Wednesday, February 15, 2012

Anchor Through My Eyes

As a pastor, as part of Anchor, who are we becoming, what ought to be true of us?

Anchor is located ten blocks north of Main Street. We're another ten blocks west of downtown. Our location impresses upon us the crucial need for urban renewal, for the integration of urban and suburban communities, for the collaboration of resources for the prosperity of the city. 

Because of the affordability of housing in Anchor's neighborhood, there is a high percentage of families with someone involved in the court or prison system. The effects of inadequate education and vocational training, the lack of character formation and social responsibility, the breakdown of families, the absence of fathers, and ineffectiveness of churches are keenly felt. 

Addictions, adultery, apathy, abuse, anger - all universal in their scope, seem to have a concentrated and blatant reign in our neighborhood. What would it take to help our neighborhood and city become a better place to live? 

Love God. Love Your Neighbor. Be the Anchor. 

Loving God and loving our neighbor is intertwined. So we must help each other - as individuals and as a community of believers - love our neighbors as an expression of our love for God, and love God as an expression of our love for our neighbors.

This takes theological reflection, spiritual introspection, and practical application. The pursuit of this reality changes who we are, who we are becoming. And it changes the communities that we part of, building a certain kind of momentum leading to a critical mass for renewal or transformation. 

Anchor is a both a community of believers and an organization of servants. We are believers wherever we go - at home, at school, at work - but we gather as believers once a week. We are servants wherever we go as well, but we organize in order to do more together then we could on our own. Our community and organization help produce a koinonia that cares for one another and those in our neighborhood and city. 

Loving our neighbor has a definite social and economic reality to it. Love for neighbor is often expressed to those in need - to those we know and to those we see. Thus we are learning how to best help, how not to enable, how to develop towards maturity rather then reinforce poverty of mind and heart. 

If our love for our neighbor is rooted in our love for God and the good news of Jesus, we have to think incarnationally. How do we enter into the world of those who do not yet love God or their neighbor and help bring the light and way of Jesus? Our incarnational ministry focuses on meeting people where they are at and helping them learn how to take their next steps with Jesus. 

Anchor is Jesus centered. We worship as a way to express to Jesus gratitude and our need for help. We study the Scriptures to know and understand what Jesus has already instructed and commanded. We gather to encourage each other and spur one another on towards good works of love for God and our neighbor.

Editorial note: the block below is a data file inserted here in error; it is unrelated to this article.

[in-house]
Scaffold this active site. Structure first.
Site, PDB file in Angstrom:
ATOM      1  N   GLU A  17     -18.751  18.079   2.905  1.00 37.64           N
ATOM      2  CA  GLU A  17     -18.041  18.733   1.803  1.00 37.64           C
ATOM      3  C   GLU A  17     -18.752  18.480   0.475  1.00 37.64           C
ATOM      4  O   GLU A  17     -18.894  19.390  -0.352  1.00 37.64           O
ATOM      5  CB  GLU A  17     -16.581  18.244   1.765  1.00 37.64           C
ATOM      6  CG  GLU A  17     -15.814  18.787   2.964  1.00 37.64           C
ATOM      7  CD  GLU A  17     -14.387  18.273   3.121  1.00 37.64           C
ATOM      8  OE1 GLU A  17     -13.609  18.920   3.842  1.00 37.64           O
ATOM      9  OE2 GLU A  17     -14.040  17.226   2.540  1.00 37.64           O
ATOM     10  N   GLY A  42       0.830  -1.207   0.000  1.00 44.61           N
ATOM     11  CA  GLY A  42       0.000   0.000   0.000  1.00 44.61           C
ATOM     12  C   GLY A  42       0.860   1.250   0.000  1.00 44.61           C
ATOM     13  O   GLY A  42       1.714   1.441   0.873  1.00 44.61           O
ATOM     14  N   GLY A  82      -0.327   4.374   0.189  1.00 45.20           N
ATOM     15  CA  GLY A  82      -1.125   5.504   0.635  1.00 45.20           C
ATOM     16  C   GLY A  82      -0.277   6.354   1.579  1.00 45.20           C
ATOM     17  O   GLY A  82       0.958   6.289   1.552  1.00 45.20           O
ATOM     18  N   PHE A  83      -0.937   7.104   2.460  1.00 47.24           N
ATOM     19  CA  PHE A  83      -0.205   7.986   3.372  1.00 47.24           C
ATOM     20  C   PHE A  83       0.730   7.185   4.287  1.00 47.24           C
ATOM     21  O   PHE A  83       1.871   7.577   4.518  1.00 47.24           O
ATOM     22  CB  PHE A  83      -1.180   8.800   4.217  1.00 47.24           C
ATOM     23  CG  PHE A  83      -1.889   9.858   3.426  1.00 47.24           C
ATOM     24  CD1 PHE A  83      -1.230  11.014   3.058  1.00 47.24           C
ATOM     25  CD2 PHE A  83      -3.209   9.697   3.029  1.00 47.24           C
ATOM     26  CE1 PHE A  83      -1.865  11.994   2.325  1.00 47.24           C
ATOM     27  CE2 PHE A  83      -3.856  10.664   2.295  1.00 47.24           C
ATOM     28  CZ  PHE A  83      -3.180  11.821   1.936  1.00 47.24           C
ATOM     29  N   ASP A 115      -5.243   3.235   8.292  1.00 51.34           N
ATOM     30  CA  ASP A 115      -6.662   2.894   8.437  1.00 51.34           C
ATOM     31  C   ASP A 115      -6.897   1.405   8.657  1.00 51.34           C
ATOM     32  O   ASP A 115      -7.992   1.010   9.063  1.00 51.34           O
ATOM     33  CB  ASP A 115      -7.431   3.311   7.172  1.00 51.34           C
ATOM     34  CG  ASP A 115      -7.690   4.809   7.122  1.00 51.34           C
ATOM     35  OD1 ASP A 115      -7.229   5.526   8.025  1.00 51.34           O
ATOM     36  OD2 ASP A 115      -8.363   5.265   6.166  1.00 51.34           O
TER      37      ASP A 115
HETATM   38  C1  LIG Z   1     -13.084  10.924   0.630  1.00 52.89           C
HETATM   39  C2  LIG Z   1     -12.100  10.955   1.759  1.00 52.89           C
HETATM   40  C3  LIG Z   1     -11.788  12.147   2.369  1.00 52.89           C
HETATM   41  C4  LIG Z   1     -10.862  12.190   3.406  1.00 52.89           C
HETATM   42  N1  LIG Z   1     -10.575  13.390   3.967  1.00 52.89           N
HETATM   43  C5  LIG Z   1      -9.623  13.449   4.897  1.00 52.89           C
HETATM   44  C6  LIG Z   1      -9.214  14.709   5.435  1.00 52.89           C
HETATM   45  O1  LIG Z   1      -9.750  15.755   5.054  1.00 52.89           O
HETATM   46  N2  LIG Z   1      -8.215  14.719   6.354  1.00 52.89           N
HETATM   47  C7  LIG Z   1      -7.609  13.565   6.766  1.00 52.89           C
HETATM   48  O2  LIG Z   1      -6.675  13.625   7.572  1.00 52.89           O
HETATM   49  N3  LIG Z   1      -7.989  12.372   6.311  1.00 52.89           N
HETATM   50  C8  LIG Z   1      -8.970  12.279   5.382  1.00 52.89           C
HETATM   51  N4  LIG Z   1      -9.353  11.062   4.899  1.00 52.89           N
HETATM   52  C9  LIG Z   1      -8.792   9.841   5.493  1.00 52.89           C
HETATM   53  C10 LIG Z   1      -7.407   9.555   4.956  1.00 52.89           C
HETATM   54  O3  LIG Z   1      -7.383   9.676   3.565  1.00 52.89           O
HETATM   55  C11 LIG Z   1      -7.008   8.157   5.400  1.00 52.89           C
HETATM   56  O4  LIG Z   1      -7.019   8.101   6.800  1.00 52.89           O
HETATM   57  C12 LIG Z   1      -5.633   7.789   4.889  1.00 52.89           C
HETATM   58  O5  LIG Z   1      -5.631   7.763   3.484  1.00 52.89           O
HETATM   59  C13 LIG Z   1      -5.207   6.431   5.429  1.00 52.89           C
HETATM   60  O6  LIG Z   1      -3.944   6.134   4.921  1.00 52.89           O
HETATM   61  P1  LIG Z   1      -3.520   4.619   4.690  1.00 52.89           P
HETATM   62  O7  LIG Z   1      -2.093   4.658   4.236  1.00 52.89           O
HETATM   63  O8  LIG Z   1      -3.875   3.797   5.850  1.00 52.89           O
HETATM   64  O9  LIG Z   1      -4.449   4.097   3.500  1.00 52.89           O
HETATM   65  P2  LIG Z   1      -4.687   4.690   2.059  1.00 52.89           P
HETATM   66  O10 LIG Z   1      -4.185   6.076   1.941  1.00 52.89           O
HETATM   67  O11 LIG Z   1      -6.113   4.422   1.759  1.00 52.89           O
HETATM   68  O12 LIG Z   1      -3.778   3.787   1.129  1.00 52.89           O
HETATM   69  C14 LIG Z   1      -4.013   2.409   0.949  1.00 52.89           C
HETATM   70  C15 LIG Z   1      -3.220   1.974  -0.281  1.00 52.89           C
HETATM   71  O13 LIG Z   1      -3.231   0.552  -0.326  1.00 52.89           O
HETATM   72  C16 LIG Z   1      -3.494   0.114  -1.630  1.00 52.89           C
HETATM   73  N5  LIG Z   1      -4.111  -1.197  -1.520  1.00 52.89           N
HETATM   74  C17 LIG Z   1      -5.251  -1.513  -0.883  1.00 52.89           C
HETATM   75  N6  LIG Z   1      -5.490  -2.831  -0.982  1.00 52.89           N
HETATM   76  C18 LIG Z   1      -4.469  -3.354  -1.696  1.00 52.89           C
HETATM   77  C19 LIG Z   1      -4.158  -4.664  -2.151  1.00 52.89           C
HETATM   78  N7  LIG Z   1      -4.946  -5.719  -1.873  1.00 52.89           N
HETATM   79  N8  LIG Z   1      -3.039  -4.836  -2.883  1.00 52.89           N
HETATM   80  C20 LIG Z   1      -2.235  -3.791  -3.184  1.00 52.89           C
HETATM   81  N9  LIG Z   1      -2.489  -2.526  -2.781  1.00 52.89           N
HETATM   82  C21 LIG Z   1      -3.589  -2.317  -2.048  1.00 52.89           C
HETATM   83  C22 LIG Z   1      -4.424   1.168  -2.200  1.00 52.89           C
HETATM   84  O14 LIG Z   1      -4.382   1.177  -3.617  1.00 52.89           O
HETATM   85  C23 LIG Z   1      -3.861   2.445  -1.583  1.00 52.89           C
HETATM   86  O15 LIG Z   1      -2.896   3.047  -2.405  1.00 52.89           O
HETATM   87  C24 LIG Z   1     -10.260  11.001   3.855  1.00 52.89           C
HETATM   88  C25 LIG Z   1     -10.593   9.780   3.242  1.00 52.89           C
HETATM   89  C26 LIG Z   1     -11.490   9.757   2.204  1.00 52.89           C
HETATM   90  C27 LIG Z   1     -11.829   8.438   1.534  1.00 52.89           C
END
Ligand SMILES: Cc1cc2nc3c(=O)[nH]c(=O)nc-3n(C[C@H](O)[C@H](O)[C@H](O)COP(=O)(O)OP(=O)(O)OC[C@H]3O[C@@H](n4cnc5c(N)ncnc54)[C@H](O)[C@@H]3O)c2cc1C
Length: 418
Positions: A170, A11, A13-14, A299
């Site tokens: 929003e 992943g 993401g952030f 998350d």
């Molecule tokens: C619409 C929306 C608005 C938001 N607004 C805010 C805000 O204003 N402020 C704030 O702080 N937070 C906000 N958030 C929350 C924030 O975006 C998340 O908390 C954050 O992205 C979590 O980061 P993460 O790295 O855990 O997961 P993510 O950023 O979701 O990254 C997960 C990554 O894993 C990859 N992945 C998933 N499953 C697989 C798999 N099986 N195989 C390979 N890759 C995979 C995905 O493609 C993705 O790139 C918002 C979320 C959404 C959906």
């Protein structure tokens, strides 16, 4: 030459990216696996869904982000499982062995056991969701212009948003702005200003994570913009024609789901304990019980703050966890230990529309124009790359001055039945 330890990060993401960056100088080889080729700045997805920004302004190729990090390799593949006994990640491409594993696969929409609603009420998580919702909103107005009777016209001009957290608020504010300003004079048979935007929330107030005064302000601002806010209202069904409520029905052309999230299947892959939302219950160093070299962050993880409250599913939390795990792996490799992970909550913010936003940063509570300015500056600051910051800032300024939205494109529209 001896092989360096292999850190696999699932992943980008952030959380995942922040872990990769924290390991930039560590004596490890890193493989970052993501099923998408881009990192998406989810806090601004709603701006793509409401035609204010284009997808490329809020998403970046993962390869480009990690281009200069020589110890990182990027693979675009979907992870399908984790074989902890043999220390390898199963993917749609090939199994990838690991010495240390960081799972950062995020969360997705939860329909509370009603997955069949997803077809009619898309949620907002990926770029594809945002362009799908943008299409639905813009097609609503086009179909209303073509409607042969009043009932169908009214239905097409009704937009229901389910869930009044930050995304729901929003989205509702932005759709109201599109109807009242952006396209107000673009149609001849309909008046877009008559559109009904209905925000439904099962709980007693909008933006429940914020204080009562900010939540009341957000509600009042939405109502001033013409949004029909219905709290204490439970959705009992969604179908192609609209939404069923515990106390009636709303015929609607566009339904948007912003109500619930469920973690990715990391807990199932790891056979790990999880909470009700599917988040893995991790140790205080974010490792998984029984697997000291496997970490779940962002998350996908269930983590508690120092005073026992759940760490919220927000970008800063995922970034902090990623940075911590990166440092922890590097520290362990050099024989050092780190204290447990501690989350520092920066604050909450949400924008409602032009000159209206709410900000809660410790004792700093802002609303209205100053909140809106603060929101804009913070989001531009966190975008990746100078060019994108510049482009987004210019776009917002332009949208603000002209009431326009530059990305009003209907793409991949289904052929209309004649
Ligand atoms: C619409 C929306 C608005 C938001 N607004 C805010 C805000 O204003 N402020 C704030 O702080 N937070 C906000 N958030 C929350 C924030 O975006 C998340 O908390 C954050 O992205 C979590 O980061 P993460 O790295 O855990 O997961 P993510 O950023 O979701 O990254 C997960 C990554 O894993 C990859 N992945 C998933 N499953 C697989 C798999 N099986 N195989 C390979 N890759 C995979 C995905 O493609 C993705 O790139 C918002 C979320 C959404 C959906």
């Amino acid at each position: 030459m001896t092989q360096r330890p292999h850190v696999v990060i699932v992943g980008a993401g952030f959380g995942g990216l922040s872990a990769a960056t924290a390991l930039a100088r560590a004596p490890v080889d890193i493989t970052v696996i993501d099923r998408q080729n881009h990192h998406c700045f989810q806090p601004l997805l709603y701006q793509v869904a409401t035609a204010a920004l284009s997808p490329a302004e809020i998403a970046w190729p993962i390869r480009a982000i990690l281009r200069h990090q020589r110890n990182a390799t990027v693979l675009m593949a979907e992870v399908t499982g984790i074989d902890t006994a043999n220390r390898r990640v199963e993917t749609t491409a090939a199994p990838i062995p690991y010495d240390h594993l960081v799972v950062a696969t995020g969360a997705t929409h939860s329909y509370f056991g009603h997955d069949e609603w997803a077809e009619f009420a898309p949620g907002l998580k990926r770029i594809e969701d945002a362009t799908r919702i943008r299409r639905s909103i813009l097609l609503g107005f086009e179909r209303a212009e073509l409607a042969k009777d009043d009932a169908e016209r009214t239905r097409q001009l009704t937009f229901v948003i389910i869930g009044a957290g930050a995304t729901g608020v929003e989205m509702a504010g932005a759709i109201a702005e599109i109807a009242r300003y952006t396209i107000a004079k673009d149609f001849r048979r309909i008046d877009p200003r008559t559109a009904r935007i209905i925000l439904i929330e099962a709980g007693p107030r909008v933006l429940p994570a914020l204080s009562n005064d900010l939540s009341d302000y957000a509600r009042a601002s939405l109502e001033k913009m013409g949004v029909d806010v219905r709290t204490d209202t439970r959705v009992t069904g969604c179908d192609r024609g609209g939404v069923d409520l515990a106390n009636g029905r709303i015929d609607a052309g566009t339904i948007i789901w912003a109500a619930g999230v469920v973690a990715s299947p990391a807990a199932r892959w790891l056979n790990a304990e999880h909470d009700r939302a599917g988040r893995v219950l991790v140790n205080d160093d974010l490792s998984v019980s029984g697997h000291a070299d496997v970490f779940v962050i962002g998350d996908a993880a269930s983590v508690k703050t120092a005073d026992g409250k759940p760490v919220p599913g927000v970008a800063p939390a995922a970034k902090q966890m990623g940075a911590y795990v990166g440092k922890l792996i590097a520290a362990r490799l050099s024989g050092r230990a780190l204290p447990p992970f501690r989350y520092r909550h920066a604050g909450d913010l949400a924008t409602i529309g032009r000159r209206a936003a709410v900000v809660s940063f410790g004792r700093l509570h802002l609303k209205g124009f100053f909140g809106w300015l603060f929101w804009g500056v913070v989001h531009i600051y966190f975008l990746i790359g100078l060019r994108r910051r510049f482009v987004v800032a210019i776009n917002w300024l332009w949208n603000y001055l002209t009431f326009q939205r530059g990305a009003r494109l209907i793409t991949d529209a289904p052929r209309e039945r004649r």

Anchor thinks about it's influence on the city. What the city cares about, Anchor must learn to care about. In figuring out how to be good news to our community, we must discern what is the bad news, and be participants in helping. But Anchor's motivation for caring about the city, about our neighbors, about the problems of our culture is rooted in the commands and commission of Jesus.

In entering into our culture and society, we take into account those forces that powerfully shape our lives and values, our worldviews and presuppositions. In immersing ourselves in the way of Jesus, and learning about the world we live in, we better understand and can more wisely live out the Good News of God. This can have restorative power for cities and corporations, educational and health organizations, for institutions and neighborhoods.

This requires working with a wide variety  of Christians and leaders in the city, to collaborate with like-minded activists for accomplishing together what none of us can do alone. It also requires Christians bringing Christ into their workplace, into their vocations and letting Jesus shape careers, influencing how you use your skills and knowledge for good in light of community and cultural problems.

All of this hinges on the ability of the pastor and church leadership to foster a healthy community of believers and a productive organization of servants. This requires paying attention to congregational details about spiritual realities, relational needs, economic challenges, racial tensions, gender inequality, and socioeconomic factors.

It also is necessary to improve management skills to fruitfully train and empower for rewarding service. In serving one another in the congregation as well as in the realms of school, work and home, there is a need for effective administration and management to help support inspiring worship, effective small groups, helpful ministries, fruitful evangelism and discipleship. A church that can live out this dual role as community and organization will be a powerful catalyst for the neighborhood and city.

The temptation is to reduce the gospel to a tool for getting into heaven when you die. But a steady immersion in the Gospel of Jesus will reveal an obvious expectation for disciples: repent of sins, forgive those who sin against you, love as demonstrated by Jesus, join the ministry of reconciliation, be a blessing, heal in the name of Jesus, rescue the lost, pray for God's will to be done on Earth as it is in Heaven.

Following Jesus is about what God wants to do on Earth now. The heavenly reward is connected to our faith on Earth - and faith without good works is dead. But a trust in Jesus that produces good works as a blessing to our communities and culture - well this becomes an answer to the Lord's Prayer.

1 comment:

zachprater said...

I like the alliteration: Addictions, adultery, apathy, abuse, anger